Bill Scheessele

OPINION

What characteristics shape a great BD hunter?

As a strategic business development leader your ultimate responsibility is to grow revenue. If your organization is primed for revenue growth, it’s your responsibility to build a robust BD team to include professionals charged solely with developing new business.

In other words, you need hunter/warriors.

A hunter/warrior is someone who has the initiative, tenacity, and proven ability to win business for your organization. But if you are looking for this kind of person, have to separate "hunting" from the "hunter." Hunting is the act, while a hunter is an attitude or a mentality. Before you begin your search, it is important to identify the behavioral and psychological characteristics a hunter/warrior will typically display.

Profile of the Hunter/Warrior

Hunters have a plan. Hunters follow an established process or a methodology. They know the lay of the land and which resources are at their disposal. Hunters have studied their prey – as well as their adversaries. They combine this information to develop a plan to address each client’s pain.

Hunters are curious by nature. They are always interested in something new, especially developing new relationships. Hunters have an unusually high interest in other people’s business, their technology, how they make money, and what makes other people tick. They tend to be excellent listeners, and accordingly, know how to ask the right questions.

Hunters have an almost childlike urge to figure out how something works. They want to understand what is broken in a business environment and come up with ideas on how to fix it. Hunters love to solve business problems that produce long-term results. They always believe in their ability to solve a problem, but they live in the world of the possible.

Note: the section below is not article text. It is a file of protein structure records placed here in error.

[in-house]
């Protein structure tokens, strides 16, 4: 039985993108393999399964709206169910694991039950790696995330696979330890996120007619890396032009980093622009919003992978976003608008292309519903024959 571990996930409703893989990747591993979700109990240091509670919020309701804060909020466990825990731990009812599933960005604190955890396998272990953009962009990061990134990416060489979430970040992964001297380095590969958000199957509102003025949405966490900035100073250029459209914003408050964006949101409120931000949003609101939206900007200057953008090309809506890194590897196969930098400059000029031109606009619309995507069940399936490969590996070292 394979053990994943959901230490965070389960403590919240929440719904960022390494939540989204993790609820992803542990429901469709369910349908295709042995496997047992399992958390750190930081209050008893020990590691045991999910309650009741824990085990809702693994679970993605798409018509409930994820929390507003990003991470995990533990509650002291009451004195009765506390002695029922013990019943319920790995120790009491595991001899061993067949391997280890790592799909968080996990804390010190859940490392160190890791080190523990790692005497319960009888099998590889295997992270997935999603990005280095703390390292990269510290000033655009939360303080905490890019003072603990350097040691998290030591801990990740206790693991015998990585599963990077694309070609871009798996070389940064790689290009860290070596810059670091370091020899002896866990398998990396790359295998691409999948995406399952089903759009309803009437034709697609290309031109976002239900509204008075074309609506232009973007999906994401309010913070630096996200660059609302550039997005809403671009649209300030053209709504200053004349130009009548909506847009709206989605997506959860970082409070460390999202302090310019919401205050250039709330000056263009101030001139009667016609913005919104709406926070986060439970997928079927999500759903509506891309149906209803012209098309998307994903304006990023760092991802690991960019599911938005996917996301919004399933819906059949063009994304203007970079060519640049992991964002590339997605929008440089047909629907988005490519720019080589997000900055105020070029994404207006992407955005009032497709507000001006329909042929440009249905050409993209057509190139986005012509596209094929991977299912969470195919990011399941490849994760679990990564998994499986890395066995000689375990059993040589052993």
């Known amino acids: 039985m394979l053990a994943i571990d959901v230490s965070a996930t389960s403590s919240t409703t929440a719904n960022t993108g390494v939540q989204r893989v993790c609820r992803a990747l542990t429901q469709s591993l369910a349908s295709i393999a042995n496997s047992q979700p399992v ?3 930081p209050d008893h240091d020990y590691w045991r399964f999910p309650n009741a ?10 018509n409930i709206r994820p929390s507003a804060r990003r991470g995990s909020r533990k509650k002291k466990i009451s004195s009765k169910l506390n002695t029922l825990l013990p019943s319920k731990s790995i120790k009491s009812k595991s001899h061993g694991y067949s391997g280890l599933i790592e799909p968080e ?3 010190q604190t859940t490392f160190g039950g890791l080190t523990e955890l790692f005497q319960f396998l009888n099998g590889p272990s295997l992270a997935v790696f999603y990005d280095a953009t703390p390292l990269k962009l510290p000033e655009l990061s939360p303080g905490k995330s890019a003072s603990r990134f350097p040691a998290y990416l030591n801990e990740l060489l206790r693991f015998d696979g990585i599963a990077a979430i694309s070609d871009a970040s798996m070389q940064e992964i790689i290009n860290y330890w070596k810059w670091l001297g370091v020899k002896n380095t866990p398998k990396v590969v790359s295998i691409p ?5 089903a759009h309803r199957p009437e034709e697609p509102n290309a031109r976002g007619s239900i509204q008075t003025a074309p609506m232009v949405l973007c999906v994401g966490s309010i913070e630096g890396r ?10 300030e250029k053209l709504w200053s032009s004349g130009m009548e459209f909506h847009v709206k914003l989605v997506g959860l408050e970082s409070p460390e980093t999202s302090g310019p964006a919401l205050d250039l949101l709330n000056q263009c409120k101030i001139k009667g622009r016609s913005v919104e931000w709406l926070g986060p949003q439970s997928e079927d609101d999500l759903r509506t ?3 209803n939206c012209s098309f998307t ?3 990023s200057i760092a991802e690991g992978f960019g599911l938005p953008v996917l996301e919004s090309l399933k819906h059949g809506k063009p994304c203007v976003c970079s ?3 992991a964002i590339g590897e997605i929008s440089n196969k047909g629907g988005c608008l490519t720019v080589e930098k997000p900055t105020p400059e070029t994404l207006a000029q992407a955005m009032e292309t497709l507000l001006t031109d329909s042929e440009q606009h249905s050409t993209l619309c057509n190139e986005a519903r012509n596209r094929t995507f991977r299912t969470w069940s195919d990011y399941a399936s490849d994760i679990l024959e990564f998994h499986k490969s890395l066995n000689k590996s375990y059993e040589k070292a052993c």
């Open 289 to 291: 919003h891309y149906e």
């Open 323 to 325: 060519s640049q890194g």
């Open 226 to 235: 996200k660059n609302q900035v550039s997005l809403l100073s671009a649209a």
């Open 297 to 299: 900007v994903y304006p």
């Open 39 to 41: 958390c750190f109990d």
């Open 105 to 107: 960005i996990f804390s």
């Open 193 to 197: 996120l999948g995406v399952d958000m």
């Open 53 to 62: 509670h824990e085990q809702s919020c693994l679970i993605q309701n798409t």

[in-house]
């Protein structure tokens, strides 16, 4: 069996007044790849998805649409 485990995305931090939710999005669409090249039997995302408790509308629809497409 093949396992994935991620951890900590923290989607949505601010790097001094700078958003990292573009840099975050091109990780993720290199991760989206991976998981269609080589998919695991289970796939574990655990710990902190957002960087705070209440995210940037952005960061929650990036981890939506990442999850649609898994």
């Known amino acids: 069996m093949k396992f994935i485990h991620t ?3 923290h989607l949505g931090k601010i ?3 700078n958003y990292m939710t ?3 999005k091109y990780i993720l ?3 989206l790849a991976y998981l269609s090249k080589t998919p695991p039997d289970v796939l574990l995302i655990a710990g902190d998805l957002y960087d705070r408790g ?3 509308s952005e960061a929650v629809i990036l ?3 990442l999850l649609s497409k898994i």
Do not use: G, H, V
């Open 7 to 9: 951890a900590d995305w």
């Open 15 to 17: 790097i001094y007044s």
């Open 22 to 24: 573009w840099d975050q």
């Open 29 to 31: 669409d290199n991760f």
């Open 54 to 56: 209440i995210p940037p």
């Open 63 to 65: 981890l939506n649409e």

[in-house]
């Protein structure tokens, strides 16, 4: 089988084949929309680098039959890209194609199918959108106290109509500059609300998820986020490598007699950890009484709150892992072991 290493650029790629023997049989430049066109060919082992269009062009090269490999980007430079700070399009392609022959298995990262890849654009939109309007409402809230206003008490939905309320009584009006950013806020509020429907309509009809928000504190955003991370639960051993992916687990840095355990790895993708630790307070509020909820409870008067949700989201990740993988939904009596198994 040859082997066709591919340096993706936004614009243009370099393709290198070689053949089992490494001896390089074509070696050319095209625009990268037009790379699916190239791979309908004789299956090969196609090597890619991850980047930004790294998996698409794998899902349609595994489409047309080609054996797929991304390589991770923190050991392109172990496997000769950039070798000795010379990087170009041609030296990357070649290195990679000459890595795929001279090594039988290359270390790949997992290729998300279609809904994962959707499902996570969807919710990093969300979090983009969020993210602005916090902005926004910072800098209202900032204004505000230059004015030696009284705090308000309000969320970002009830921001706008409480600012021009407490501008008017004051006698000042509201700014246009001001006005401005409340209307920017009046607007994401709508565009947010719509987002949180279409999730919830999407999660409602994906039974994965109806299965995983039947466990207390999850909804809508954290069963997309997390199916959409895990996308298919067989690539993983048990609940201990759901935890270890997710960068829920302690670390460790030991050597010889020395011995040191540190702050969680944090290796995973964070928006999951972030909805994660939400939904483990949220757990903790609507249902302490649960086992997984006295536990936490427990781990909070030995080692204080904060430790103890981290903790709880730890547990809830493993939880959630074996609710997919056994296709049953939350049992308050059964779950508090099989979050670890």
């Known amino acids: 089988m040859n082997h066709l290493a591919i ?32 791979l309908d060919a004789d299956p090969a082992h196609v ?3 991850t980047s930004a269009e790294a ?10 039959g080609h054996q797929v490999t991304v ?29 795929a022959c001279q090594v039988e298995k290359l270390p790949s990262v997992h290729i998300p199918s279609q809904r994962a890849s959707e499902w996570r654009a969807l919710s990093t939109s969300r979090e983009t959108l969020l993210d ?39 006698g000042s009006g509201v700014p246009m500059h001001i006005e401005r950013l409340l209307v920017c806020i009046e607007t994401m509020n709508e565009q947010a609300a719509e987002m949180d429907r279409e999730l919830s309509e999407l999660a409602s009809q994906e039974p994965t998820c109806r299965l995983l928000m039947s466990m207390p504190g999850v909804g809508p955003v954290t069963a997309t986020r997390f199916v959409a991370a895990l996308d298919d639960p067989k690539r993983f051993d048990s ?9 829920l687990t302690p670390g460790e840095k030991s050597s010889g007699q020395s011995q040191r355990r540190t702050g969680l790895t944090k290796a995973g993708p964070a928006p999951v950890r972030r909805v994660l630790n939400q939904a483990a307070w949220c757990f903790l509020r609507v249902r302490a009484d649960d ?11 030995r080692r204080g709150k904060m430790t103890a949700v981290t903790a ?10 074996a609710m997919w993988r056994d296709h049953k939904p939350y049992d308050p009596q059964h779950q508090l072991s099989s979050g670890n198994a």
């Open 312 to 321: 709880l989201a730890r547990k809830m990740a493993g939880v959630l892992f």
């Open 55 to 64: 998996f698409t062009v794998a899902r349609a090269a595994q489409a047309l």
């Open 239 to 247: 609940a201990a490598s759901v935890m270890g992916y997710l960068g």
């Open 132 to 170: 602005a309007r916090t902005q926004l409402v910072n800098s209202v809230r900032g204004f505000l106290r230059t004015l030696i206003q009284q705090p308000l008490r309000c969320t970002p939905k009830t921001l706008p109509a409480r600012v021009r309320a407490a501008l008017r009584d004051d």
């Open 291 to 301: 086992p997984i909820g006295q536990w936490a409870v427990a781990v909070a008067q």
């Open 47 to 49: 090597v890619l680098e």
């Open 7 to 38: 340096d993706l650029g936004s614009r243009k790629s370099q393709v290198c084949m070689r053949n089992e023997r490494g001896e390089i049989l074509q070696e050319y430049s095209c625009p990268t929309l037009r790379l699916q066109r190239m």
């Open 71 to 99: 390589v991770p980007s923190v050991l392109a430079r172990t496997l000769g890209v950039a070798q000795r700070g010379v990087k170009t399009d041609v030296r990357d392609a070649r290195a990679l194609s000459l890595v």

Hunters are all at once risk prone and risk adverse. While this may seem to be contradictory, the best hunters will have a balance between the two extremes. In some areas of their life, a hunter will be very risk prone, especially when it comes to psychological risk. In other areas, they tend to be risk adverse and will stay within the boundaries of their established behaviors.

Hunters understand the economics of business development. They are students of the Four Cornerstones of Business Development. Hunters recognize that BD is a win-win-win proposition – both the client and they have to win. A hunter is actually doing this to help grow the economy, which helps everyone beyond themselves and the client.

Hunters understand how to help others while producing results. They are neither 100 percent altruistic nor totally goal oriented. Instead, hunters display a healthy balance between the two extremes. They understand that by helping others, they can actually produce positive results for everyone. Successful hunters are creative and imaginative, which means they have the ability to put together a methodology that will appeal to the client’s emotions to solve their problem.